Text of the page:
Chris underlined that there is a market failure here.  But I think the national public sector interventions to address the valley of death, through both European and national funding, are too cumbersome, too clumsy - often driven by unrealistic outcomes.  We await the findings of the government select committee on the valley of death with interest.

We heard that the Lachesis fund is almost green - as someone who was in at the start of that fund I am really pleased.

PraxisUnico has campaigned over many years for another injection into university challenge which created Lachesis - Never has the need been greater.

Andy Sandham said that part of the reason is that too many businesses sell too soon and therefore investment realisations are lower and therefore VC investment is not attracted.  Tim advocated a new investment model with a lower multiplier at maybe three to four x. 

There yet again seem to be lessons to learn from the US.  There is no difference in fund structures across the pond, and no difference in the quality of management but the nature of seed funding in the US and the connections between seed funds and VC has been much more productive. This is a critical space for the UK.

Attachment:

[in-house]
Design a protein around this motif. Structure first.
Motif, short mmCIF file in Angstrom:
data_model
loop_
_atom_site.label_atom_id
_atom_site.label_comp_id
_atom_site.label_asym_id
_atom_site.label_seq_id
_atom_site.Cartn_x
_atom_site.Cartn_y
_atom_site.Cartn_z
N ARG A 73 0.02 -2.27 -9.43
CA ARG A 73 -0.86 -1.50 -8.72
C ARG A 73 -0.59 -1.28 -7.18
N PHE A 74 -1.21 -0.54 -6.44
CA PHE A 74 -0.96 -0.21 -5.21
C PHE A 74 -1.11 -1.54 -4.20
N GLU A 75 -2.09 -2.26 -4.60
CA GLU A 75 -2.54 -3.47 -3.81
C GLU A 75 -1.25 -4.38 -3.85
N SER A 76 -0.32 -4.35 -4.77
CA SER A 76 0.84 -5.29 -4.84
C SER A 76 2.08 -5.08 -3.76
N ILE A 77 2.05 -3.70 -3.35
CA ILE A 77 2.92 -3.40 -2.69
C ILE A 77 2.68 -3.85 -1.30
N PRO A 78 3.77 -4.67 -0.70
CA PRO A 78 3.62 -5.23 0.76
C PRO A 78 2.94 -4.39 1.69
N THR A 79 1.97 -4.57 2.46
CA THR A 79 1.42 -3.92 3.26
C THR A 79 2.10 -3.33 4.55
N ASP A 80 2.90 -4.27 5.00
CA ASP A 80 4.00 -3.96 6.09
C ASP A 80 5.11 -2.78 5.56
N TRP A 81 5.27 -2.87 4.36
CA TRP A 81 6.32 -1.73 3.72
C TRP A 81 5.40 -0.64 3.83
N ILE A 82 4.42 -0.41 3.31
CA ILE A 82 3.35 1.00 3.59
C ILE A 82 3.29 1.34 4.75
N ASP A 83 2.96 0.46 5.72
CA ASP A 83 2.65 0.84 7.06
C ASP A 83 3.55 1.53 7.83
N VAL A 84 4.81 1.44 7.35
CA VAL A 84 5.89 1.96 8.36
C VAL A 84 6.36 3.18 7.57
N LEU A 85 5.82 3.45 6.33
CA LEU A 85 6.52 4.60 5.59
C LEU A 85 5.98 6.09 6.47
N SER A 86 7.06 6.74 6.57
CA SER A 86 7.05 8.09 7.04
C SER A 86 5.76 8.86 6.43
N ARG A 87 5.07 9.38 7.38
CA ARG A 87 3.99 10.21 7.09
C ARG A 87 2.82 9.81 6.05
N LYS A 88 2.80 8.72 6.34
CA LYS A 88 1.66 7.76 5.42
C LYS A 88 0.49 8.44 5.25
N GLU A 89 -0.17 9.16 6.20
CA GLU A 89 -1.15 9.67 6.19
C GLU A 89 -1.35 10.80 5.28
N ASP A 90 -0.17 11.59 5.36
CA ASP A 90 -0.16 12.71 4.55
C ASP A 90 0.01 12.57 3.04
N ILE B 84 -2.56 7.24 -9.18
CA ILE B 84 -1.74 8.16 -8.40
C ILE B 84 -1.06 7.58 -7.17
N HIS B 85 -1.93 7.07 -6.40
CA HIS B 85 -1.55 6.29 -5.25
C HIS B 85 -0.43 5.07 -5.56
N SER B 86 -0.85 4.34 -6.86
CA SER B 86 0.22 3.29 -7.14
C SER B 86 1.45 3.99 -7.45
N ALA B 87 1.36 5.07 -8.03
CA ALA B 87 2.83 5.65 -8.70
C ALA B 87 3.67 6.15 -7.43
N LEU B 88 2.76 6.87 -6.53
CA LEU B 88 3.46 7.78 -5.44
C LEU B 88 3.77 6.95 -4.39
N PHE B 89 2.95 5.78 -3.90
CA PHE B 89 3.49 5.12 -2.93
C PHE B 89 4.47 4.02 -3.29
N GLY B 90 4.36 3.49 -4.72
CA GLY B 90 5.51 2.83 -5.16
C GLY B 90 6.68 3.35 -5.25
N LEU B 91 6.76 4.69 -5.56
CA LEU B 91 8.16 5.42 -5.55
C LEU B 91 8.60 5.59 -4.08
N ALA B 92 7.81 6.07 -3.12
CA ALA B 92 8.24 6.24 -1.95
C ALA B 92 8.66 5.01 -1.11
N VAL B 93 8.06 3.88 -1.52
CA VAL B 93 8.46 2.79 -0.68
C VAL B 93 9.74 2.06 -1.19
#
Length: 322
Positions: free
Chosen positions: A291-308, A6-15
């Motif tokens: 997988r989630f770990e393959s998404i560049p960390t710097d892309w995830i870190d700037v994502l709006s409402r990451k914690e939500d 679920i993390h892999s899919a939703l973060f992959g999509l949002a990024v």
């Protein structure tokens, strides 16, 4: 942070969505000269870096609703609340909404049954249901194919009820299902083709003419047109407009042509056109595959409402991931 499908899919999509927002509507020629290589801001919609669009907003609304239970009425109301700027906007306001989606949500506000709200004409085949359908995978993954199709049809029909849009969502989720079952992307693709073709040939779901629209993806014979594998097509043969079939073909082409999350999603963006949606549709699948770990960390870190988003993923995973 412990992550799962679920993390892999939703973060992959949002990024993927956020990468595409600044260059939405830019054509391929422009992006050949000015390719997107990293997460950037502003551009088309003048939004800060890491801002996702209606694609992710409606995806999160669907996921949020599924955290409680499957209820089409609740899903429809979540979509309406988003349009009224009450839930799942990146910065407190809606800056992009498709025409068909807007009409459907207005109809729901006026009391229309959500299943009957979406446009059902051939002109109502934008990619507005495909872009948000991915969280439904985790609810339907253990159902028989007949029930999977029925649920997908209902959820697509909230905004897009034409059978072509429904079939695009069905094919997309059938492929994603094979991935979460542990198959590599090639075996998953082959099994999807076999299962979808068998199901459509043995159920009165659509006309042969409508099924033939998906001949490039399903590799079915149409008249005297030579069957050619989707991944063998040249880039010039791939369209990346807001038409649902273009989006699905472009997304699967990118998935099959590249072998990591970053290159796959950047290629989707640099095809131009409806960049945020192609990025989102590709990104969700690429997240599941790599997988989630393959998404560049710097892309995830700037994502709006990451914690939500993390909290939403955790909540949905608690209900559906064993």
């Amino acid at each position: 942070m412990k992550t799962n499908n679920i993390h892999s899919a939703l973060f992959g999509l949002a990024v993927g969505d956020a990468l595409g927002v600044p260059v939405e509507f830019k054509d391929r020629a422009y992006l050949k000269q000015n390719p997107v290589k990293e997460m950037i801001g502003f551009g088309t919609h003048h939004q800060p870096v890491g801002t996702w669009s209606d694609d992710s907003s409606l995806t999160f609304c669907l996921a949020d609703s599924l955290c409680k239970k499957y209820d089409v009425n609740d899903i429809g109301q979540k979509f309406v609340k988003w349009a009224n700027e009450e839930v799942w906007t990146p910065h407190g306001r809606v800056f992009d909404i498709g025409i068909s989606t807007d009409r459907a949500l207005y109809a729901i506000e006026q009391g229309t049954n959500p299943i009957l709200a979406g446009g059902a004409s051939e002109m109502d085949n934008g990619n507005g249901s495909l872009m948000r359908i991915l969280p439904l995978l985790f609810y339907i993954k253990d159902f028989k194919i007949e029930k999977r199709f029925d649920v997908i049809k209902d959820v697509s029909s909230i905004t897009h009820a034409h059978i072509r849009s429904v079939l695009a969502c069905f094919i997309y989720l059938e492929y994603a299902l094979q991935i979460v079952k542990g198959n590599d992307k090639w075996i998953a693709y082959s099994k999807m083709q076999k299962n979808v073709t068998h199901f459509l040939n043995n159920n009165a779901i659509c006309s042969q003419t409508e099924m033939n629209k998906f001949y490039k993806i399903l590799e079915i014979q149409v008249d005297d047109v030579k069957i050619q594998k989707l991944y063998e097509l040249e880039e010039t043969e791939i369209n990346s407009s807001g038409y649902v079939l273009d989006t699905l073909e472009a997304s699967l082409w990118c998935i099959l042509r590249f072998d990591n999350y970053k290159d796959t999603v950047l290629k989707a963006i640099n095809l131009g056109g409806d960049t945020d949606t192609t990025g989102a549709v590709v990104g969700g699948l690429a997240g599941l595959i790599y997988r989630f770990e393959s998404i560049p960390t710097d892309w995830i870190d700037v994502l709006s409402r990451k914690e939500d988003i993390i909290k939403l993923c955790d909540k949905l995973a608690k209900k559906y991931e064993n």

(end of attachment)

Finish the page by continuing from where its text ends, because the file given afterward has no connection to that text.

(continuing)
There does seem to be a general call for a new model.  And the idea suggested by Simon of more partnerships between academia and biotech is certainly something I am seeing evidence of at Newcastle University.  The need for the academic part of Malcolm's triangle to continue to adapt and respond again has never been greater.

Finally, I would like to Thank all of the speakers and the PraxisUnico and GSK teams for all the hard work that went into organising the event. 

I would like to pay particular thanks to Malcolm Skingle for all his efforts putting together this event.

Thanks also to our partners and sponsors TSB, GSK and Stevenage Bioscience Catalyst.  It has been a pleasure for PraxisUnico to deliver this event.  As a membership organisation we welcome both private and public sector partners, so please check us out.

So to wind up. 

Malcolm Skingle once had a dream.  Out of the window of his old office, above us in this very building, was a view to an empty site across the lake. As ever with Malcolm a couple of conversations, including with the one good guy in the regional development agency and the idea for the open innovation campus was born.  I hope you will stay for the reception and tour around Malcolm's dream now made reality.

Have a safe journey home.

Click the image to view the event programme